Despite the ongoing debate about middleware standards, a number of vendors are simply building on open standards from the web world, even supporting features such as SVG or Scalable Vector Graphics. One such is Dreampark, a small Swedish company that cheekily claims its Dreamgallery solution is “the most deployed IPTV middleware in Europe” — by virtue of the fact that they have more operators, rather than end users.
Magnus Persson, the co-founder and now sales director of Dreampark, explained to informitv that the company was established back in 2000 with a focus on interactive services delivered to the television over the internet using the personal computer platform.
They received Swedish government funding for research into user interface design. Their product was based on the results of this research, which suggested that the user interface needed to be simple and efficient.
They signed up satellite operators CanalDigital for their IPTV service on the strength of a prototype on a personal computer. This was then developed for a set-top box.
Their next customer was Viasat and they have gone on to sign up other operators, mainly in Scandinavia, focussing on smaller service providers looking for an independent middleware vendor that supports many different vendors in the ecosystem.
They now support Amino, Motorola, Tilgin and Zyxel boxes and content protection from Conax, Latens, NDS, Verimatrix or Widevine.
“We’re very positive about the future at the moment,” he said. In response to the recent news that Espial is to acquire Kasenna, who could both be seen as competitors, he said: “it changes the picture for us and provides an opportunity”. The ongoing consolidation in the middleware market means that there are now fewer independent options.
Dreampark is committed to open standards, using a browser based approach, taking advantage of modern software designs that do not require a round-trip to the server for every single interaction. Their software sits on web browsers such as those from Opera, Mozilla, or Ant.
It still requires an application programming interface to connect to the lower level functions, but these are generally provided by set-top box vendors.
“We can do everything in the browser that we need to,” Magnus explained. Contrary to conventional wisdom, he argues that browser-based middleware will perform as well as dedicated client software, and it is generally easier to maintain.
The company says many operators see changes being made in minutes that might require a six-month upgrade project by some middleware vendors using proprietary native technology.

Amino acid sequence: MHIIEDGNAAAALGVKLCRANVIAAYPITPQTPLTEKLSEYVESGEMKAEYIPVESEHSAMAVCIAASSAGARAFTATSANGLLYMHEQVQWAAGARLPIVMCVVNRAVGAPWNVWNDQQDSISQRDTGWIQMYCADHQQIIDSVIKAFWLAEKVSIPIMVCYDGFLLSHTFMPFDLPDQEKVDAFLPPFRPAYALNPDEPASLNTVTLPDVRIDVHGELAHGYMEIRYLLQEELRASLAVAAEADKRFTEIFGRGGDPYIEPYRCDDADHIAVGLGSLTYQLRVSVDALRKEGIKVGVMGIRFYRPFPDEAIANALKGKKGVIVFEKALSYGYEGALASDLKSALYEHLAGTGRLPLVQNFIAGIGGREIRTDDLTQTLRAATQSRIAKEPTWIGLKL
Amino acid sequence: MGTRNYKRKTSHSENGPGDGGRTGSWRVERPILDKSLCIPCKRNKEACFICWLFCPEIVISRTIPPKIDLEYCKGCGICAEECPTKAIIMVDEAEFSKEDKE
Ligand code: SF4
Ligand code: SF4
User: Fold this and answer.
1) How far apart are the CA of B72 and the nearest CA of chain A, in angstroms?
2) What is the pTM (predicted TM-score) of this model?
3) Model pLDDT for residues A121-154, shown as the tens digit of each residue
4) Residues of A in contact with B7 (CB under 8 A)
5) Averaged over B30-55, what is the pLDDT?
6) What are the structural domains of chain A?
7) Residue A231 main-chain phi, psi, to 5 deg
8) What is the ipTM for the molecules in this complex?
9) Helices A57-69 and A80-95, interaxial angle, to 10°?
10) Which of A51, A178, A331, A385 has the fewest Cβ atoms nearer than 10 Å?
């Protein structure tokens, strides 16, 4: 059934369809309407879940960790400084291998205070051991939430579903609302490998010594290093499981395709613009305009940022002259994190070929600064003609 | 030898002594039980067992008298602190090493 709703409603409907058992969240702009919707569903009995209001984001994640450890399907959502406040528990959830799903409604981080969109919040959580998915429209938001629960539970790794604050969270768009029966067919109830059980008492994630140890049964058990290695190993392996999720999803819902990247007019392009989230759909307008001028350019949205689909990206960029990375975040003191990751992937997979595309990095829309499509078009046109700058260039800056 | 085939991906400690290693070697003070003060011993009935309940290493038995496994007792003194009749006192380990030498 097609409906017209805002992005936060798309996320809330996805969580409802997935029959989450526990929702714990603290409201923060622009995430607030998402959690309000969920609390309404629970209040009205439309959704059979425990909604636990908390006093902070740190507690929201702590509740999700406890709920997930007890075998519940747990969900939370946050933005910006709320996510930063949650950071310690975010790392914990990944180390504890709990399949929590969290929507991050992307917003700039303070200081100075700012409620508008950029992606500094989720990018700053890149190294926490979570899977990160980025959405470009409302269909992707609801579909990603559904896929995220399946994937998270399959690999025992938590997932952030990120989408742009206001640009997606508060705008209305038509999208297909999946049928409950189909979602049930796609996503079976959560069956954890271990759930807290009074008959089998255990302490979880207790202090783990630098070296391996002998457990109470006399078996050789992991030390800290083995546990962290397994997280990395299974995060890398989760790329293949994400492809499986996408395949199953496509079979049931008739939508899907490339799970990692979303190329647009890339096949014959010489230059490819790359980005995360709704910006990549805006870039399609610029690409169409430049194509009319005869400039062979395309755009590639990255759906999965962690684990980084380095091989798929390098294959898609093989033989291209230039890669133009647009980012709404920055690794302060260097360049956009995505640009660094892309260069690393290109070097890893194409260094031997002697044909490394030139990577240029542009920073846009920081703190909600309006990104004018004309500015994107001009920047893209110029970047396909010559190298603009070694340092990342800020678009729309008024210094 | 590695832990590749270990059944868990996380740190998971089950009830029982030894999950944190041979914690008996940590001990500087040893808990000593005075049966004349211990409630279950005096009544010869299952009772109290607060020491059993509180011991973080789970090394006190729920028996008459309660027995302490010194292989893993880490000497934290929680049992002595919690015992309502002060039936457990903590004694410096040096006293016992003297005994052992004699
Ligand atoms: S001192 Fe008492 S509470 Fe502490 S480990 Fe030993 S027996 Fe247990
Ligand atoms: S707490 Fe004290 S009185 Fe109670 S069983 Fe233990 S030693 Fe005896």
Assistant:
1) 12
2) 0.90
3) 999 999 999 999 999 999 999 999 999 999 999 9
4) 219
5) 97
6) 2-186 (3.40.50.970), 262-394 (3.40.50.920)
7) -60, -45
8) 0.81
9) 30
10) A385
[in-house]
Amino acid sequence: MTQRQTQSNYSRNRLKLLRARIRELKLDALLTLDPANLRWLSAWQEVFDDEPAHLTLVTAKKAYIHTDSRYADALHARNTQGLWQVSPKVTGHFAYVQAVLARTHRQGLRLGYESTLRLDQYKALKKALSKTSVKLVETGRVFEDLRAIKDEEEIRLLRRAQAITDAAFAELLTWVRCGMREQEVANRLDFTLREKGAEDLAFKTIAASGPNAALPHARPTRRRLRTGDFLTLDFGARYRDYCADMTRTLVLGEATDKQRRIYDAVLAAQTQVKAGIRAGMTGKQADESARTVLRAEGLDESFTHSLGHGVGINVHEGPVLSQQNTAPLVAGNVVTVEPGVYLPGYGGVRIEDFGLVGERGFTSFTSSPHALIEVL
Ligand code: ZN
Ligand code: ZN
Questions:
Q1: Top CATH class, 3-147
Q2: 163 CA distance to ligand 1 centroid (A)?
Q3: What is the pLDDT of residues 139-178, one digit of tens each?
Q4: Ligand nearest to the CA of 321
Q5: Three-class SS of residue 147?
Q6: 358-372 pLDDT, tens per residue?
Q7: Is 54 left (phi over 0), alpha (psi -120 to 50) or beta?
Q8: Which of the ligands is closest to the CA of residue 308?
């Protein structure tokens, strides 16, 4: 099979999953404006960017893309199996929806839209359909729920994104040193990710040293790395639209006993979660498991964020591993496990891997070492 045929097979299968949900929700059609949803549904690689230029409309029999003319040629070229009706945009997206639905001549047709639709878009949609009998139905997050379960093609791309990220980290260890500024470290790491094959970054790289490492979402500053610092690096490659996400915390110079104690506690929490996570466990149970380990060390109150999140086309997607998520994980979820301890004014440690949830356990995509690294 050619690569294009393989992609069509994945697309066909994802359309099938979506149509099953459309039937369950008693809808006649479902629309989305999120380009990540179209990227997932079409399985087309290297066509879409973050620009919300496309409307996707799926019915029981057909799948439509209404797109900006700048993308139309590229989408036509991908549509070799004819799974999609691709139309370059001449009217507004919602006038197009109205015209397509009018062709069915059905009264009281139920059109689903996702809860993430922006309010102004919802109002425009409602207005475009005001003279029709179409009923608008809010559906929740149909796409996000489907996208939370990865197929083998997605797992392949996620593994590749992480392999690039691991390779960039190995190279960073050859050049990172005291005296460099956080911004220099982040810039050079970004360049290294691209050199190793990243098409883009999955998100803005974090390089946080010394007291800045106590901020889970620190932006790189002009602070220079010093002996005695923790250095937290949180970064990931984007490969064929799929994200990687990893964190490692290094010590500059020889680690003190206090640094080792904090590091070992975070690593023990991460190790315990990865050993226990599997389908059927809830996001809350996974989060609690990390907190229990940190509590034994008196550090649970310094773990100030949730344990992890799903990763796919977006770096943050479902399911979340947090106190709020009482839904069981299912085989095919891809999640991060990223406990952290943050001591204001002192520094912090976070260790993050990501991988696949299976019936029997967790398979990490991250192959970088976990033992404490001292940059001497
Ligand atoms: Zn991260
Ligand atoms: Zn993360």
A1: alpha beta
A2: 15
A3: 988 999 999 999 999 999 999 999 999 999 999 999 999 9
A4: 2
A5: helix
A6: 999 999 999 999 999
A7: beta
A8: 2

Dreampark recently announced support for SVG or Scalable Vector Graphics, an open standard that allows resolution independent graphics, helping to support high-definition resolution without compromising speed.
“We aim at doing high-definition graphics with better performance than native clients do standard definition today,” said Björn Lang, the chief technology officer of Dreampark. “With SVG boosting the performance of browsers I can no longer see any real reasons to stick to static and maintenance-intensive native clients.”
The speed improvements come partly because SVG is being implemented to use hardware accelerated graphics. Ekioh, based in Cambridge, England, has an SVG engine that it claims can provide a user experience “second to none”.
“SVG has many advantages over HTML,” said Piers Wombwell of Ekioh. “A user interface written in SVG is generally simpler than if it were written in HTML. With the document and the layout algorithms being less complex, it is more efficient for rendering by the hardware.”
“The result is amazing,” enthuses Magnus of Dreampark. “We were really impressed by the performance. It is very, very promising. SVG is the future.”
Dreampark is not alone in advocating a web standards approach to broadband television services. Others include the Zignal solution from Industria in Iceland, which has just opened an office in Stockhol, so Dreampark could see a little local competition.
Ultimately, a competitive market based on open standards can only be a good thing for prospective operators. The promise of web standards based middleware is that it will open up the market to a much wider development community, making it much easier to create applications and integrate with existing web services.